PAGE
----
Come, Join the Dance of Trinity
Alfred V. Fedak

Composer Alfred V. Fedak
Text Richard Leach
Voicing Two-part mixed voices, kybd.
Topics Biblical Names (Bethlehem),
Creation, Dance, Holy Spirit, Jesus’
Crucified and Risen, Pentecost,
Trinity, Pentecost
Scriptural references Genesis 1, Matthew 11:28-30, Acts 2:1-4
Lectionary usage Trinity Sunday
Price $2.40 (U.S.)
Length 2' 15" Released 5/2021
Catalog no. 405-701
Difficulty Mod. easy

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Come, join the dance of Trinity,
before all worlds begun--
the interweaving of the Three,
the Father, Spirit, Son.
The universe of space and time
did not arise by chance,
but as the Three, in love and hope,
made room within their dance.

Come, see the face of Trinity,
newborn in Bethlehem;
then bloodied by a crown of thorns
outside Jerusalem.
The dance of Trinity is meant
for human flesh and bone;
when fear confines the dance in death,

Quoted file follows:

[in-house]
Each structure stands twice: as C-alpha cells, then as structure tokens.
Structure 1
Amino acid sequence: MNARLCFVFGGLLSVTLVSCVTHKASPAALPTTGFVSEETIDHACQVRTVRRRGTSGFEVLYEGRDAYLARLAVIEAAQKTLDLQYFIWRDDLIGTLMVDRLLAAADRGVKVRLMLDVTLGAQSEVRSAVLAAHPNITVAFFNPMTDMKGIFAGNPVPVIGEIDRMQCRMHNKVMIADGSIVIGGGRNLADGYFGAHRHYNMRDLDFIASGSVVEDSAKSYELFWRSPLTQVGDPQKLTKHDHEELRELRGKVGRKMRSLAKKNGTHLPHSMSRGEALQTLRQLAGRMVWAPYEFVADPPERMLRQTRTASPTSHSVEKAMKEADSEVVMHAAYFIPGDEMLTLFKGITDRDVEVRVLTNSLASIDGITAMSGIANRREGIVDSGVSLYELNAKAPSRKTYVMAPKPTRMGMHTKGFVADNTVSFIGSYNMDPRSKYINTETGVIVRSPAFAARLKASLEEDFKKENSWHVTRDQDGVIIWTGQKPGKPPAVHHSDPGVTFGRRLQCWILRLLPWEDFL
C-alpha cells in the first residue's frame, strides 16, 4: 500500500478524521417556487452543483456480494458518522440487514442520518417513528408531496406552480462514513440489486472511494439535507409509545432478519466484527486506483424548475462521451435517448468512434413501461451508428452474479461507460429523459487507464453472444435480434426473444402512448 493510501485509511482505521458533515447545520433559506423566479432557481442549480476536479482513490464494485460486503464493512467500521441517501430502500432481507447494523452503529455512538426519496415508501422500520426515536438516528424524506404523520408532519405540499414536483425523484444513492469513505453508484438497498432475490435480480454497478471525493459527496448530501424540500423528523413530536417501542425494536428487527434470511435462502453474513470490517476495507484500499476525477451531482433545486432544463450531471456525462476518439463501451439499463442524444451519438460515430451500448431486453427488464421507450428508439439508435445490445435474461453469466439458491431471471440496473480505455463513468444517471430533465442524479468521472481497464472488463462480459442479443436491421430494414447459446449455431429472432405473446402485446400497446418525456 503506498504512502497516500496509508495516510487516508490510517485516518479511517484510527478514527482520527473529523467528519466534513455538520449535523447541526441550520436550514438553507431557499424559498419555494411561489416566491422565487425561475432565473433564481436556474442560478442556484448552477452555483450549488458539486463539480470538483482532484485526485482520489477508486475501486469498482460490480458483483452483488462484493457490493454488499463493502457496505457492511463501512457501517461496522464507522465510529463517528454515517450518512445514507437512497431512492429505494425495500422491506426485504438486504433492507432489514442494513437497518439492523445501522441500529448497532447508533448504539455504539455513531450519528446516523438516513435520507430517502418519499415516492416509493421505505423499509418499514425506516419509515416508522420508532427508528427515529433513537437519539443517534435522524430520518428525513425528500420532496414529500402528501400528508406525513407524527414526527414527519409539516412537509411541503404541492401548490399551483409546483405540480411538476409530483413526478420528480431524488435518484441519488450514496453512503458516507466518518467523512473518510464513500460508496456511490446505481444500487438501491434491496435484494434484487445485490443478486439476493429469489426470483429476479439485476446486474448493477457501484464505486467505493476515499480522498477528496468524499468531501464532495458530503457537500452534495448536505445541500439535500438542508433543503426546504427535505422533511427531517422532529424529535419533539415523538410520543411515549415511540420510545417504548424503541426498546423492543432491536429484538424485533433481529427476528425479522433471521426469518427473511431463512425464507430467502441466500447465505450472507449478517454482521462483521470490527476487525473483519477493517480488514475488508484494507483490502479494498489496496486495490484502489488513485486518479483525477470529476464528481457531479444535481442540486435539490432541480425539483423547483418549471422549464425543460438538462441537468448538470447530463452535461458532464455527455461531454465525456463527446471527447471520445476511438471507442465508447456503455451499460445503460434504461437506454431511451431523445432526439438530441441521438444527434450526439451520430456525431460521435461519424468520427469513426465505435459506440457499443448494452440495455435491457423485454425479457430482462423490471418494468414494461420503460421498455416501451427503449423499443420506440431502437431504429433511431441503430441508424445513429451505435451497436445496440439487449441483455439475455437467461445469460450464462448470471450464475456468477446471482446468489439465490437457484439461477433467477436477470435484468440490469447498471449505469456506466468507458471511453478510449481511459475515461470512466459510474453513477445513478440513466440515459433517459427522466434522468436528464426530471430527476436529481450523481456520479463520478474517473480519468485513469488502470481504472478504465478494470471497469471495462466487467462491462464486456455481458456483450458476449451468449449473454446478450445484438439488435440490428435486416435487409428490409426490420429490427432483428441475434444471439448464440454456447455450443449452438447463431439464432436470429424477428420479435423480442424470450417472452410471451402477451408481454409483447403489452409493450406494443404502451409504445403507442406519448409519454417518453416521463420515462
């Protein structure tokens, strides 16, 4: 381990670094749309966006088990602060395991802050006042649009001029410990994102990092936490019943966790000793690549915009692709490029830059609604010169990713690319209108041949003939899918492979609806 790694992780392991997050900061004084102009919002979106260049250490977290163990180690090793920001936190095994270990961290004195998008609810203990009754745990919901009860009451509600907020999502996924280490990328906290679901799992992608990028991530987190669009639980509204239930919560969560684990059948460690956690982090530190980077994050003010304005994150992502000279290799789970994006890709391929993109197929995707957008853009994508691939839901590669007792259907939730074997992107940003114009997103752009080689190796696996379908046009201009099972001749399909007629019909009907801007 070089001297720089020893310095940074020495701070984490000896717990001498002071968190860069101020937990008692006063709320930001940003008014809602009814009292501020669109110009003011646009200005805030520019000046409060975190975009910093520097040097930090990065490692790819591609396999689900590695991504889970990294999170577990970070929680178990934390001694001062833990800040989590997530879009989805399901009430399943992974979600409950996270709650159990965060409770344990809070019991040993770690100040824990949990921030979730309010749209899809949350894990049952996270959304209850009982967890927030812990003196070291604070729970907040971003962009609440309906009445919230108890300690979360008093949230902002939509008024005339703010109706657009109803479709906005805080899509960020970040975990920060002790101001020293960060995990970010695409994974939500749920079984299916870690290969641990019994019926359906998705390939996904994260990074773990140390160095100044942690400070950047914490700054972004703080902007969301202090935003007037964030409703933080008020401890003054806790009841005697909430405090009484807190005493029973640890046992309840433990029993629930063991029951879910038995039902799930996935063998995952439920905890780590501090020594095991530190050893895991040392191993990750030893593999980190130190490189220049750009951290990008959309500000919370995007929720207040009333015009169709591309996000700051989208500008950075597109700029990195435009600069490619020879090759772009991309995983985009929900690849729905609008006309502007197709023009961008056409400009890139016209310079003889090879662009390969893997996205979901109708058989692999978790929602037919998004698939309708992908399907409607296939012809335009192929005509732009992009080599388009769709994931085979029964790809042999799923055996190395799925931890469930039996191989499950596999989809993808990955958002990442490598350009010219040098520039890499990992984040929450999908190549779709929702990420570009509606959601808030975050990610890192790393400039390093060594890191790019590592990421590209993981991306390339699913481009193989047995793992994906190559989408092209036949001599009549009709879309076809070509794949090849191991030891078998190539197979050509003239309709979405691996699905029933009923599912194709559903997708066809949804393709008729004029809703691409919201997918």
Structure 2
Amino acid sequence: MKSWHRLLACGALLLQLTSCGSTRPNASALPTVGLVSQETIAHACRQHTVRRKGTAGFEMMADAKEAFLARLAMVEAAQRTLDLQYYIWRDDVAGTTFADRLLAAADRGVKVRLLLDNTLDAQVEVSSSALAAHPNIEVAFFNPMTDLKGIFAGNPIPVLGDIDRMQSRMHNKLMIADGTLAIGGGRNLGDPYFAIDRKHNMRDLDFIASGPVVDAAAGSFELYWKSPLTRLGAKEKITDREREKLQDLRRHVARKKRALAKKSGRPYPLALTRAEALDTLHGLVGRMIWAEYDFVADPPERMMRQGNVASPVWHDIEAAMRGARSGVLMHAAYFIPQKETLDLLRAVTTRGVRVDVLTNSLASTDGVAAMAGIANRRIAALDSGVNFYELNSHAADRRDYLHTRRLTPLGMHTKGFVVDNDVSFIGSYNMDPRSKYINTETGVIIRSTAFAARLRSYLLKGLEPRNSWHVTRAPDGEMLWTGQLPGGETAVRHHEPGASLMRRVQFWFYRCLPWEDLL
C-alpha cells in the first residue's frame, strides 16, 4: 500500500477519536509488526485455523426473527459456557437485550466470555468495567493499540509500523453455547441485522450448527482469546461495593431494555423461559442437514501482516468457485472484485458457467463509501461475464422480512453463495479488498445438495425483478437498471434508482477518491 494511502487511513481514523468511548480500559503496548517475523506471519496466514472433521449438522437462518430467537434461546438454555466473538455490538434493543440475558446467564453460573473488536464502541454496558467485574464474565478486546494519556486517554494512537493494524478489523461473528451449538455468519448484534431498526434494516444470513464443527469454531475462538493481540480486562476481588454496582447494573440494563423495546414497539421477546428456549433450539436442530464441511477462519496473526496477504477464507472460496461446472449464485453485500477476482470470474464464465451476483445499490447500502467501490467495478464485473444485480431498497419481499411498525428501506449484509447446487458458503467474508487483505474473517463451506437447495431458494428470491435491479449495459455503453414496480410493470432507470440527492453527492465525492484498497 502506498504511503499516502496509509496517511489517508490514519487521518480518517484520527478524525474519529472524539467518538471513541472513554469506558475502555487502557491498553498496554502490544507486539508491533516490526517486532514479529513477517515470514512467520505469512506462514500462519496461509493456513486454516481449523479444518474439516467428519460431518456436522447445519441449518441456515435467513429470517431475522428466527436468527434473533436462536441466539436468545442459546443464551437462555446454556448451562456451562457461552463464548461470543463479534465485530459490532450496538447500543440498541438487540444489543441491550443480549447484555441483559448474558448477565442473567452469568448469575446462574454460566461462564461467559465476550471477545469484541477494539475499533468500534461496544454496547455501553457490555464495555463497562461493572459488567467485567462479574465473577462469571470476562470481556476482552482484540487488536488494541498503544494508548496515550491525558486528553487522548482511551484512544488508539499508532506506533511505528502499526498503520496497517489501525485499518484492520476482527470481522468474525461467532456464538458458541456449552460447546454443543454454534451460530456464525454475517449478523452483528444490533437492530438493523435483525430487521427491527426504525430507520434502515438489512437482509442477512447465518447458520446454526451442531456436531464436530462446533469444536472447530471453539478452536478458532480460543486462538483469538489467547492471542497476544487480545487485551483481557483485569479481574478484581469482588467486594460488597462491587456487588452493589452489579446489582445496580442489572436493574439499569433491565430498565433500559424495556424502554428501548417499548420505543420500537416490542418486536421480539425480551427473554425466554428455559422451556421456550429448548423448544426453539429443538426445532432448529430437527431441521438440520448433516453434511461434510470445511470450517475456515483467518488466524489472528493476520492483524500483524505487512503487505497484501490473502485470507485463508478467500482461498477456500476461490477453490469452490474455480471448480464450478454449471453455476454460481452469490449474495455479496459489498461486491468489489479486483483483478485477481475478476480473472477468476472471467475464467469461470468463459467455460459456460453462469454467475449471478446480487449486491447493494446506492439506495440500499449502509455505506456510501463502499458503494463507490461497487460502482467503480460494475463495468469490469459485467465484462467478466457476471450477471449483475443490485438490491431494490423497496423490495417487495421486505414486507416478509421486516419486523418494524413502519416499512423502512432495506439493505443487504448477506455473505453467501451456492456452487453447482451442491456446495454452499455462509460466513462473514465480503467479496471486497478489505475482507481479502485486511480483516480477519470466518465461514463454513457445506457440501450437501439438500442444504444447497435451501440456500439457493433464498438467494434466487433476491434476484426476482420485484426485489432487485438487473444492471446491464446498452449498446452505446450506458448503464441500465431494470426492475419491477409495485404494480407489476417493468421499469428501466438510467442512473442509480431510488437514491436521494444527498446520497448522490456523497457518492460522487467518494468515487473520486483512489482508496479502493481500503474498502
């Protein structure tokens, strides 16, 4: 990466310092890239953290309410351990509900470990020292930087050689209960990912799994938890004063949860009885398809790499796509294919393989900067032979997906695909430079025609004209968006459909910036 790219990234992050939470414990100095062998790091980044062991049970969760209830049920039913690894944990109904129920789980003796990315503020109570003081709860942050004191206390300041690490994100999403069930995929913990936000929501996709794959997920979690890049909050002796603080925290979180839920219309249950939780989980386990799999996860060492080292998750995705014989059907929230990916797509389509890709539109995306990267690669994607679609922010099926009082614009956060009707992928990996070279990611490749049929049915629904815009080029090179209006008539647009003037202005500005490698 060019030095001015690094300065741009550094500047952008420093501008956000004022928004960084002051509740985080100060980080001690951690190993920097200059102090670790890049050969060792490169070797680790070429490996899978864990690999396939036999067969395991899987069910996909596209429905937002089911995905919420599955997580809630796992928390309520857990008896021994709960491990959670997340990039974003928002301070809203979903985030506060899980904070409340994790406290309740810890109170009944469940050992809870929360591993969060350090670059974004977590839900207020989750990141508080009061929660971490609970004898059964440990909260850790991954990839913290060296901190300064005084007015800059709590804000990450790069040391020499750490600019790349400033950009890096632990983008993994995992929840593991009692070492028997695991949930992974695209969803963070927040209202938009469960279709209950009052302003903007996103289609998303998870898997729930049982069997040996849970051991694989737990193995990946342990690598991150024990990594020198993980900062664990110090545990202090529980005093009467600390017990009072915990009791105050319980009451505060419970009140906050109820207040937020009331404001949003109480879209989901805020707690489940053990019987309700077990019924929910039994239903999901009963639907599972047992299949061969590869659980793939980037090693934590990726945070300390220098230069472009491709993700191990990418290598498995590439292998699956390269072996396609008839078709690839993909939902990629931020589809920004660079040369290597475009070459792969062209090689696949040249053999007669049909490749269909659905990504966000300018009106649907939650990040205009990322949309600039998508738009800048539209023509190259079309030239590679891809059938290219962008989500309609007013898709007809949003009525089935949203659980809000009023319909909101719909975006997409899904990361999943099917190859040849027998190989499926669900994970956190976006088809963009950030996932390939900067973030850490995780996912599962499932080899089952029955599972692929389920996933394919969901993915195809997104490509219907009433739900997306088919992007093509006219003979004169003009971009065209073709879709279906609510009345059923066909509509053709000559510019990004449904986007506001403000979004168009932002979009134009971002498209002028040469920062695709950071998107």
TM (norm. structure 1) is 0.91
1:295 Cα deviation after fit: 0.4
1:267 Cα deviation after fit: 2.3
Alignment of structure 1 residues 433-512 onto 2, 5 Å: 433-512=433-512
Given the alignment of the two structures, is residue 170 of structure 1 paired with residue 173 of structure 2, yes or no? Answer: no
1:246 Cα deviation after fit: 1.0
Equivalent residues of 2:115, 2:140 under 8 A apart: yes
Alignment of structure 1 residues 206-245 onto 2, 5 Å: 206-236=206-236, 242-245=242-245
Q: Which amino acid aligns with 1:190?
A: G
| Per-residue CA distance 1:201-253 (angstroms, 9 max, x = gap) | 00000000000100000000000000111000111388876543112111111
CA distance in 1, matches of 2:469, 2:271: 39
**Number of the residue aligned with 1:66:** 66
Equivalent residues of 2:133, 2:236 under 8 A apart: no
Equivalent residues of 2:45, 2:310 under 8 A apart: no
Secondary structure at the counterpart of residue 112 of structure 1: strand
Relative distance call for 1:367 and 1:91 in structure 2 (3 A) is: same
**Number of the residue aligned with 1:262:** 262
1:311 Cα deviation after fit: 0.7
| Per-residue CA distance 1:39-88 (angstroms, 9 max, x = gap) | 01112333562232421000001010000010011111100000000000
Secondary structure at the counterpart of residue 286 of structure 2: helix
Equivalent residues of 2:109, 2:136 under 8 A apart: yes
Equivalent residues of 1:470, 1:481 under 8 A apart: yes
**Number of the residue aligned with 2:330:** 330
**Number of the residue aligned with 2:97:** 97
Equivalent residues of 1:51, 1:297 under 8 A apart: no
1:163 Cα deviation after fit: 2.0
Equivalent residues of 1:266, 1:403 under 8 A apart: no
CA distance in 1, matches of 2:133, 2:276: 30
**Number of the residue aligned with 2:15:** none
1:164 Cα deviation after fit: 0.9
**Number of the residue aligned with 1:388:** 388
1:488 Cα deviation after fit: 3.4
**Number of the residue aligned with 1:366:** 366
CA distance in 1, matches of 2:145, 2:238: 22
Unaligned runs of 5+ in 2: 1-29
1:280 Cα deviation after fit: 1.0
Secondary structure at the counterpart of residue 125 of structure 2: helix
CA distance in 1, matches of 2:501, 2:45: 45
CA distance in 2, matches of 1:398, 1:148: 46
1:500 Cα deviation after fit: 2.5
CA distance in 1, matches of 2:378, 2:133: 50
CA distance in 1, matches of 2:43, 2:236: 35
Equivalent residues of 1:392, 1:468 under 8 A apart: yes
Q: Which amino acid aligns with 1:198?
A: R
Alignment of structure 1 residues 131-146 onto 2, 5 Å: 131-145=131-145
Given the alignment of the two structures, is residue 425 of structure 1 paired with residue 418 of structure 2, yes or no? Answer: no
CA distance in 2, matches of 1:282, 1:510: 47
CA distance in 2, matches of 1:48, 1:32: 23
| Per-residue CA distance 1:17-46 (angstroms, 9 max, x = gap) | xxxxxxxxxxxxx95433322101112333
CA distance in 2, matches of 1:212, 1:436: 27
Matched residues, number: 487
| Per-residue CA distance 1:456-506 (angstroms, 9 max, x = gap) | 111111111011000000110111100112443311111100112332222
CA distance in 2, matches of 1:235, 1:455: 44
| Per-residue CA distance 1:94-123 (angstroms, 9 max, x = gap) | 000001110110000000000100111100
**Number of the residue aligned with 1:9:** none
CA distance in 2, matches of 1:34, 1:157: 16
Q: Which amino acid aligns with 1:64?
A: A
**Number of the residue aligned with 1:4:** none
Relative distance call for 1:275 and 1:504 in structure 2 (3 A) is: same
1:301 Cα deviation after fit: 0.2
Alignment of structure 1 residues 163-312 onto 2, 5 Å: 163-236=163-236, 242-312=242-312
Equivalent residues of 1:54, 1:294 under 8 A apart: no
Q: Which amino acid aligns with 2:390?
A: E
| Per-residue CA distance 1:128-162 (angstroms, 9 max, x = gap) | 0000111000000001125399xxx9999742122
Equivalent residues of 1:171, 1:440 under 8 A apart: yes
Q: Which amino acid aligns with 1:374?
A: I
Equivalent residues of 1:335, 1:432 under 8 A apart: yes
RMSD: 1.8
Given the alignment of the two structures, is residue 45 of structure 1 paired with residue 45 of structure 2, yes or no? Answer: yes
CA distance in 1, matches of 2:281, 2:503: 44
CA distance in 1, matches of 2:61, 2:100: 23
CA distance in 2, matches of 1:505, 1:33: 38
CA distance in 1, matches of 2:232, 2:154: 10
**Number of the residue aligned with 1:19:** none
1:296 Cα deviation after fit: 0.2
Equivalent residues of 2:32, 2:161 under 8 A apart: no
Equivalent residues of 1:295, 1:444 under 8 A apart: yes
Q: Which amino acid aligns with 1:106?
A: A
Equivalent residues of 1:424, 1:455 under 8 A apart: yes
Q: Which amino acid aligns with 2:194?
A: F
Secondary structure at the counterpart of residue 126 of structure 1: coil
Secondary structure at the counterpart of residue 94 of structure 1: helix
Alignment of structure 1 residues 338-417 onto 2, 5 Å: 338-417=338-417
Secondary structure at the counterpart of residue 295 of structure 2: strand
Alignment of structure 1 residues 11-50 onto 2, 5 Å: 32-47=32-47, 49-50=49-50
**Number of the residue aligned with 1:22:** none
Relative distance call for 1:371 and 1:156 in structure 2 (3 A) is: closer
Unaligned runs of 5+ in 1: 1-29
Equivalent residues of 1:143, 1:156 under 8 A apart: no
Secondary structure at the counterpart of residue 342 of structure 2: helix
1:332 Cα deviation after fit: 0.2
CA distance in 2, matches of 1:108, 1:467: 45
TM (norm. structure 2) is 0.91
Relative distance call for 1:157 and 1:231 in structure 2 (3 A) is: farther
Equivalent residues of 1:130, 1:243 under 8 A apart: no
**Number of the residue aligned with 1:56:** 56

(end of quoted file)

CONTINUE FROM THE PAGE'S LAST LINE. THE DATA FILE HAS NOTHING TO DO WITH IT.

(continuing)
God rolls away the stone.

Come, speak aloud of Trinity,
as wind and tongues of flame
set people free at Pentecost
to tell the Savior's name.
We know the yoke of sin and death,
our necks have worn it smooth;
go tell the world of weight and woe
that we are free to move!

Within the dance of Trinity,
before all worlds begun,
we sing the praises of the Three,
the Father, Spirit, Son.
Let voices rise and interweave,
by love and hope set free,
to shape in song this joy, this life:
the dance of Trinity.

Text: Richard Leach, 2001, 2002
© 2005 Selah Publishing Co., Inc.

review copy

Richard Leach's memorable text is inspired by the Greek theological word for the three-in-one interwoven nature of the Holy Trinity: "perichoresis," literally meaning "dance around." The first three stanzas focus each primarily on Father, Son, and Holy Spirit, and the final one sums them up together. The text is paired with the tune KINGSFOLD, and Alfred Fedak's setting emphasizes the familiar British folk melody's rhythmic side. An active accompaniment (with options given for effective performance on either organ or piano) underpins the varied two-part (mixed voices) choral textures: beginning as unison melody, a bit of harmony, and reaching a final flowering in a descant, imitation, and a broad conclusion.


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